Written by Noelle Stevenson and Grace Ellis
Illustrated by Brooke Allen
Colors by Maarta Laiho
Letters by Aubrey Aiese
Cover by Noelle Stevenson
Published by BOOM! Studios
Good news, everyone! If you liked what you saw in Lumberjanes volume 1, you will adore what comes in volume 2. Stevenson, Ellis, and Allen give you more of everything you loved: friendship, quirk, adorableness, amazeballs supernatural weirdness, female gender diversity, youthful sincerity, and camp (both the place and the quality of art). Volume 1 only began to open the door on the strange events surrounding the Roanoke cabin Lumberjanes, but volume 2 reveals the mystery and closes the arc with satisfying spectacle, wisdom, charm, and humor.
The field guide framework to Lumberjanes remains crucial in grounding the comic. While volume 1 featured yetis and bearwomen, the events of volume 2 literally bridge the worlds of humans and gods, and the audience is asked to take such paranormal events as mere child’s play. The tone established by the tongue-in-cheek field guide structure continually re-establishes the mundane plausibility of middle school girls defeating, for example, supernatural velociraptors. These issues level the playing field between the two strata. Gods exhibit the worst vices and follies of humanity while humans rise above their flaws to become epically divine. The cartoonish illustration style by Brooke Allen plays a powerful role in tonally combining the mundane, supernatural, dramatic, and humorous within the story.
Amidst the two poles of mundane humanity and epic supernatural is the humor. Lumberjanes frequently alludes to beloved films like Jurassic Park, Aliens, Die Hard, and Terminator for a quick smile of recognition, but it also earns laughs through farce (Raptor attack!), absurdity (“How long has your hat been a live raccoon?”), running gags (“Holy bell hooks!”), visual gags (Roswell cabin), and irony. Part of what makes the ending so fantastically satisfying is the humorous depiction of Zeus: an ironic mix of godly powers and completely recognizable human lameness.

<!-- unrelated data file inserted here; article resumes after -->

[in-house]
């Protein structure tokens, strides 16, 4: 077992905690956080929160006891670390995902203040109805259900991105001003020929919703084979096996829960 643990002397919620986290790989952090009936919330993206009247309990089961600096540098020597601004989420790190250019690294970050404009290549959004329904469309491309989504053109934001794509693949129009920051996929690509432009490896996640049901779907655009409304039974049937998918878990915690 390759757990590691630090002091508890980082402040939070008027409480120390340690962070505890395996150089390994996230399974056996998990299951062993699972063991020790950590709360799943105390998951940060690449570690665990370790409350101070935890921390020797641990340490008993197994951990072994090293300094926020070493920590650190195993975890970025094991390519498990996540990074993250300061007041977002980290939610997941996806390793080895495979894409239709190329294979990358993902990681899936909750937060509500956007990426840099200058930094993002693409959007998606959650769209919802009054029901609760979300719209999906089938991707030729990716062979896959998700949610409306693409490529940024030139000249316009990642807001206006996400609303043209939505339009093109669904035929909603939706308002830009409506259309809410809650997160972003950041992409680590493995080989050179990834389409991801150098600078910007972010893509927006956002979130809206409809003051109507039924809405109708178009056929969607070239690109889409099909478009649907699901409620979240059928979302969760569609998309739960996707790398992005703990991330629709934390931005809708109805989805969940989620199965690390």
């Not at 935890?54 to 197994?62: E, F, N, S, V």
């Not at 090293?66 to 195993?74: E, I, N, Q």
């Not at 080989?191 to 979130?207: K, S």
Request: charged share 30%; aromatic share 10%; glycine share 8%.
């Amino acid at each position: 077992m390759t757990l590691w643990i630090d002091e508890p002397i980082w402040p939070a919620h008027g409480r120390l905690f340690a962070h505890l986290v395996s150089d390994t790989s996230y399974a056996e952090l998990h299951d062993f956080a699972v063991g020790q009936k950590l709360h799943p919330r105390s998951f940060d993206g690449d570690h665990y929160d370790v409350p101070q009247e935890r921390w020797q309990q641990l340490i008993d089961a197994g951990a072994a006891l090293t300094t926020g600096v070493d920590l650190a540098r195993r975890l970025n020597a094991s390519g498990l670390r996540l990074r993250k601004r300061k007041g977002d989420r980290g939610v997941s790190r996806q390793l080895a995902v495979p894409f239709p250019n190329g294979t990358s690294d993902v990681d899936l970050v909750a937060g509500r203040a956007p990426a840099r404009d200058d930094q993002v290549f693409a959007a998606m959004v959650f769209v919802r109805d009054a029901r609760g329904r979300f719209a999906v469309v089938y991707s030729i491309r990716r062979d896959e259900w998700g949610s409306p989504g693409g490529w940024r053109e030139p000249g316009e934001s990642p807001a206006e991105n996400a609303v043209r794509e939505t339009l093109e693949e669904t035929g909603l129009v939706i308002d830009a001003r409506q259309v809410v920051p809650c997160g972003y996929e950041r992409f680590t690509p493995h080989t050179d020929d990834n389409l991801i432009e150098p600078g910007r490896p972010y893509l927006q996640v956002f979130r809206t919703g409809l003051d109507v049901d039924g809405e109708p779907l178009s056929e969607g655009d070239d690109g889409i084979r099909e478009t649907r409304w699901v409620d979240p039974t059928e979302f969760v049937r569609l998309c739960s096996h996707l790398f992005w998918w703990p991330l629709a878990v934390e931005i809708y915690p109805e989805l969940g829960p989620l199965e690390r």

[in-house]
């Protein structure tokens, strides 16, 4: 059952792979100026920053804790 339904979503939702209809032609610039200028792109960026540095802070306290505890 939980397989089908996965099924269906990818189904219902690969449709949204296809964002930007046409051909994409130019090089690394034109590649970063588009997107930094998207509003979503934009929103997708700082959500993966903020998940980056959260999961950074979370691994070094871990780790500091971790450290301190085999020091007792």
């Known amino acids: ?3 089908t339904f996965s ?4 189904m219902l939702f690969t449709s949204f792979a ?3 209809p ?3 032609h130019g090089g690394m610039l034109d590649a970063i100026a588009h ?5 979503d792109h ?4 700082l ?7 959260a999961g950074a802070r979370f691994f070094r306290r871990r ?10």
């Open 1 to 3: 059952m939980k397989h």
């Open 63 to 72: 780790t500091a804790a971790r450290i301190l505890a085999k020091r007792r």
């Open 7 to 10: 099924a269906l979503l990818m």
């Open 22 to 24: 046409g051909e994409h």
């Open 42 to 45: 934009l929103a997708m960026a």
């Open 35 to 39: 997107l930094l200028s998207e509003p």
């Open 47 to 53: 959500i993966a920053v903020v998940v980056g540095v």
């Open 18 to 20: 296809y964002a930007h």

Within the epic adventure and multi-leveled humor lies the heart of this comic: the character relationships. As the stakes rise, the girls of Roanoke have their friendships tested and strengthened. Jo (Is her name referencing the tomboy motorcycle mechanic of The Facts of Life?) begins to think there’s something wrong with her after it appears she is at the center of the wackidoo events besetting the cabin. This worry distances her from the other girls, especially her BFF April, since she believes they won’t want to be her friend anymore if they know she’s supernatural or cursed. However, in friendship to the max! style, Jo shows her love and commitment to her fellow Lumberjanes and reignites their devotion to each other.
In addition to the core group–Jo, Mal, Molly, Ripley, and April–cabin leader Jen gets welcome chance to grow and enter the fray. Volume 1 largely saw Jen as the square gate-keeper who the girls constantly had to fool in order to set off on their adventures. But by the last issue of that volume, Jen found out about the crazy supernatural hijinks her cabin had been facing. In volume 2, Jen commits to keeping her girls safe. At first this means skipping the Raccoon Rodeo and making friendship bracelets at the camp (the comic even prints directions for the reader to participate too), but when danger comes straight for them, Jen realizes she must join the girls in getting to the bottom of what’s happening. Though initially out-of-sync in her first team-up with her charges, Jen comes to prove herself with quick thinking. And although she’s clearly scared by the strange situations they find themselves in, she repeatedly steps between danger and her girls, showing her maturity, caring, and courage.
Near the end, Molly is once again tasked with solving anagram puzzles. One reads: Manlessly abnormal ideal. An apt summary for the series. In volume 2, Stevenson, Ellis, and Allen turn the dial up on all of the lovable aspects of volume 1, closing their first big arc with a race-to-the-finish climax full of wit and wisdom. The field guide’s emphasis on character and skill builds an expectation fully met in the finale when the Roanoke cabin demonstrates that they are that mystical “manlessly abnormal ideal.”